Posted: Monday April 4, 2005 7:38PM; Updated: Monday April 4, 2005 7:38PM
INDIANAPOLIS (AP) -- When Baylor started practice in October, coach Kim Mulkey-Robertson took one moment to remind her players about their 2004 tournament loss to Tennessee.
She never mentioned it again.
"No one who was in that game will ever forget it, so it should motivate you," she said after the Bears reached Tuesday's national championship game.
After their 68-57 semifinal victory over LSU, Mulkey-Robertson and her players sounded as if they almost had to convince themselves they weren't dreaming. They face Michigan State, another first-time finalist, in Tuesday night's title game.
A year ago, it was a different story. The Bears' anticipated tournament run stalled in the second round when they were called for a foul with 0.2 seconds left, and Tennessee made both free throws to escape with a 71-69 victory.
But the Baylor players now credit that loss as the catalyst for this season's remarkable run. Guard Chameka Scott said her teammates realized how close they were to being a national contender and spent the summer working to correct their flaws.
The more important lesson was one that was lost on LSU and Tennessee, which both blew double-digit leads Sunday night -- closing out games.
"We found ourselves in a lot of close games last year, that we didn't finish, and we had to find out why," Scott said Monday. "We know we have to get the ball in the post because it's no secret that's our strength."
The Bears (32-3) responded this year by winning 27 games by 10 or more points, including Sunday night's semifinal game. They take a school record 19-game winning streak, the nation's longest, into Tuesday's title game.
And if they win Tuesday, the Lady Bears just might want to thank Tennessee.
"That game showed us that we still had a lot of loose strings," guard Chelsea Whitaker said. "It showed us we could make it this far, we just had to get a little better and get a little more maturity. It gave us something to focus on and it got us where we are today."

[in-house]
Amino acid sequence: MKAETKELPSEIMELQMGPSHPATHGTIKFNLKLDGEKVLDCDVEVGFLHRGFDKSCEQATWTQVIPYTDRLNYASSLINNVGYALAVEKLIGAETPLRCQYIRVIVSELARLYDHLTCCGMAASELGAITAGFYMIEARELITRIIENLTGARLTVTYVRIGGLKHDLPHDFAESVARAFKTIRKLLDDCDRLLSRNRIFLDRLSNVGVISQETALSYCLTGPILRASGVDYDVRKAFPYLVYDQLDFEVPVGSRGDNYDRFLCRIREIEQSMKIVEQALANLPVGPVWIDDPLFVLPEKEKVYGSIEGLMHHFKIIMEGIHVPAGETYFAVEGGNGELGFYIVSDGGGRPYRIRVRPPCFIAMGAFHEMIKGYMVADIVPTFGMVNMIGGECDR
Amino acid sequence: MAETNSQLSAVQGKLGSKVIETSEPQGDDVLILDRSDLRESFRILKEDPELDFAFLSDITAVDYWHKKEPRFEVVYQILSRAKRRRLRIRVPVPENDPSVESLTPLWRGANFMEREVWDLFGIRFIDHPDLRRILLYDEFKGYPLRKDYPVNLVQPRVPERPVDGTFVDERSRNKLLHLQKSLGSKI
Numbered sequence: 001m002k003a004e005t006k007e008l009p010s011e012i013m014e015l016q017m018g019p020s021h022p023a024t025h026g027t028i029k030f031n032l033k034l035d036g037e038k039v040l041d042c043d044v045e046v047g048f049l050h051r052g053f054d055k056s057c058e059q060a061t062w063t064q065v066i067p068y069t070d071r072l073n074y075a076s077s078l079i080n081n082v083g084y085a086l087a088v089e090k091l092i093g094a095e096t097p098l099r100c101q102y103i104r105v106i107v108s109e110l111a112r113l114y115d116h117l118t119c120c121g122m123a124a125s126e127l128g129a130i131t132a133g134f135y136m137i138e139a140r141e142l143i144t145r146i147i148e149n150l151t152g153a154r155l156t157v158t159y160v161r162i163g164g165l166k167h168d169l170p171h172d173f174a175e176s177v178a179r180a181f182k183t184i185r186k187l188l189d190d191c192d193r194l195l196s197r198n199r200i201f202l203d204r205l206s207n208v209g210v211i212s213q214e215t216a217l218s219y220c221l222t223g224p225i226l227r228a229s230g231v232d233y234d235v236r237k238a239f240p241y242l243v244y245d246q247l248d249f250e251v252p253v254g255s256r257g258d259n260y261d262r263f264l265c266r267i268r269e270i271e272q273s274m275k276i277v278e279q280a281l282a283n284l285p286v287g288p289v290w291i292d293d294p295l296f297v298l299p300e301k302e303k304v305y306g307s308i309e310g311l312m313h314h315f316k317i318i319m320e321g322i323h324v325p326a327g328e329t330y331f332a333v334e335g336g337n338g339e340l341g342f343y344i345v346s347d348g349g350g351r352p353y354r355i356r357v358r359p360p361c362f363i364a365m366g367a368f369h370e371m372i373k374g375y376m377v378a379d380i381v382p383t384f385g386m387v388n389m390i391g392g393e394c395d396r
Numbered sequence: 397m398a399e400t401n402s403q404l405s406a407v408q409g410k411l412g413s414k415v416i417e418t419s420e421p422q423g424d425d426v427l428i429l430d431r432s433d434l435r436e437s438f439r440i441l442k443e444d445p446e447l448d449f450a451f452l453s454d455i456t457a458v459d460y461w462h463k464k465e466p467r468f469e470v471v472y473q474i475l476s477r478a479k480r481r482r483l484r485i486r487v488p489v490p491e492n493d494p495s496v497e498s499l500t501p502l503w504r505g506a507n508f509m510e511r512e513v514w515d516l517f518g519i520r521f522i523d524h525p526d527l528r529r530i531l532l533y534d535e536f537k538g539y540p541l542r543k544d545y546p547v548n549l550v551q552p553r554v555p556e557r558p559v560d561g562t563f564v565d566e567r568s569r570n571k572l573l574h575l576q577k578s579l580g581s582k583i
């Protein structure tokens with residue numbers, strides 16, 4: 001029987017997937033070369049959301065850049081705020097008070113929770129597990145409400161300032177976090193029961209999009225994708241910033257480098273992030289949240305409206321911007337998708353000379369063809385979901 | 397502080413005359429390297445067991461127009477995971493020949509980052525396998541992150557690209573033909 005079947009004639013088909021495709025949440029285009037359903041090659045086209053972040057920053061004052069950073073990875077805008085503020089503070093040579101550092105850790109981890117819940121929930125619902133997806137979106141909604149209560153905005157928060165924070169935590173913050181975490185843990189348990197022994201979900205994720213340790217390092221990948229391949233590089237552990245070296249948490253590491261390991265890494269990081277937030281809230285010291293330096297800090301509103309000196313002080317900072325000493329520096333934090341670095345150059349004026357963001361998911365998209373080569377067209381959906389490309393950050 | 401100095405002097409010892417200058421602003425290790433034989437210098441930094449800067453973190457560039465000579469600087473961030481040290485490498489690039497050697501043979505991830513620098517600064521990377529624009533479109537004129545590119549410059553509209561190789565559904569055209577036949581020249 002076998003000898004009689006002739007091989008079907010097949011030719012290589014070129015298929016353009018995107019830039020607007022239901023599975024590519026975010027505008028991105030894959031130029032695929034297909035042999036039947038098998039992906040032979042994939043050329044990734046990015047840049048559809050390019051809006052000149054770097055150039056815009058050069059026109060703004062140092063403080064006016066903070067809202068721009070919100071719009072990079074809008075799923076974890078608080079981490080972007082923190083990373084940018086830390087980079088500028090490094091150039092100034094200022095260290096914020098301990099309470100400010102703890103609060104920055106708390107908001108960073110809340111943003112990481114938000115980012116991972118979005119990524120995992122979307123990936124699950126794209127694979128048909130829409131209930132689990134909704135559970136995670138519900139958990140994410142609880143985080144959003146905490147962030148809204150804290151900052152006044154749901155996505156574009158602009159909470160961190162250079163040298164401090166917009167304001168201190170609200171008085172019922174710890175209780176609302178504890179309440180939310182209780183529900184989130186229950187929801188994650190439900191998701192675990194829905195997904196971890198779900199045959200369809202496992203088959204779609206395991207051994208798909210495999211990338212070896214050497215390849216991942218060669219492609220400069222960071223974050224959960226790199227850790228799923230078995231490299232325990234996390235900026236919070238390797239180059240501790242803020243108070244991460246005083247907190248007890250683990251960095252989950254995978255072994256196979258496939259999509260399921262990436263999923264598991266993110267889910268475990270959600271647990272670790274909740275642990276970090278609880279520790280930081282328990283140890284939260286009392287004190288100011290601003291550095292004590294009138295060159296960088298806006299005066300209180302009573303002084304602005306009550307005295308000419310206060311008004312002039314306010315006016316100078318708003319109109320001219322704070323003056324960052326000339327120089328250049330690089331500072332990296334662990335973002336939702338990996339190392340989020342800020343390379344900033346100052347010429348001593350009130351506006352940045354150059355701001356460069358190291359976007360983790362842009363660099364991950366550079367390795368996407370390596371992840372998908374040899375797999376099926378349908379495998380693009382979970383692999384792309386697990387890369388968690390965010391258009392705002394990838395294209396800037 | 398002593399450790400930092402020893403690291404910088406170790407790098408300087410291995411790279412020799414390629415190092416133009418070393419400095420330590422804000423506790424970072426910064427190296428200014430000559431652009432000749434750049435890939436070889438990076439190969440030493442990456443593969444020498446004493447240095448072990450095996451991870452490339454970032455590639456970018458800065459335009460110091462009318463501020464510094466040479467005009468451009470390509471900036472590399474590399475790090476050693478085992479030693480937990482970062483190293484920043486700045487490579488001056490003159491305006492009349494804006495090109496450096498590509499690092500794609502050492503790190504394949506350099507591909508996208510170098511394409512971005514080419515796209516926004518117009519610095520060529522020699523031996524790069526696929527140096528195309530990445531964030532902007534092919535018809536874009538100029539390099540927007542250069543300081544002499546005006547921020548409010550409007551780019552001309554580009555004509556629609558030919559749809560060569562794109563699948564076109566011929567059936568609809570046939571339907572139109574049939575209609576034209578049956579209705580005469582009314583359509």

On Saturday, Michigan State's players seemed oblivious to the Spartans historical connection to Indianapolis. Guards Lindsay Bowen and Kristin Haynie and center Kelli Roehrig all said they were unaware the Michigan State men had won their second national title in Indianapolis -- the last time a Final Four was played at the RCA Dome.
By Monday, it seemed like the Spartans had never forgotten.
"You definitely hope that karma is in your corner," guard Victoria Lucas-Perry said.
Michigan State's men's and women's teams have become good friends, challenging each other to bring home trophies. Haynie said that after beating Tennessee 68-64, Kelvin Torbert sent her a text message and an e-mail congratulating the Spartans and asking them to bring one more national title home to the school.
"There are great vibes for us in this town," Bowen said. "Our men have won a national championship here. ... We love this place."
Michigan State was the only school that had both a men's and women's team reach the Final Four this year.
They'll coach against each other in the NCAA championship game, but that's not the only thing Michigan State's Joanne P. McCallie and Mulkey-Robertson have in common.
Both are former college players. Both have rebuilt programs at or near the bottom of their respective conferences. Both are married with two children. And, both are animated on the sideline during games.
"Joanne will tell you that's her Italian culture," said Mulkey-Robertson. "That's what she told me the first time I talked to her. I said, 'I love your personality.' She said, 'Coach, I'm Italian, we talk with our hands.' Well, I don't know what I am, I need to go back home and check."
This is the fifth season at Michigan State for McCallie, who was named AP's coach of the year this season. Mulkey-Robertson, too, is in her fifth year at Baylor, where she resurrected a program that never made the NCAA tournament field before her arrival.
McCallie thinks the pair's similarly vigorous coaching styles have helped the quick turnarounds at both schools.
"You see the energy we put in our teams," she said. "I think that we have a responsibility. I think we're similar. I don't think either one of us have an ego. I don't think we care. So sometimes we'll act up a little bit or get feisty, whatever you want to call it. It's not about how we look, it's not the glamor coach approach."
Michigan State has now won five NCAA tournament games this year -- two more than it had won in its previous five appearances combined. ... A victory Tuesday would give the Spartans the distinction of tying the lowest ranked team in the preseason poll to win a national title. The Spartans were ranked No. 15 in the first poll. Texas Tech, which was ranked No. 15 in the 1992-93 preseason poll, was the only other school ranked that low to win the championship. ... Chelsea Whitaker needs five assists Tuesday night to break Baylor's career record, held by Toya Ellis (455). ... Baylor has won its five tournament games by an average of 14.2 points.
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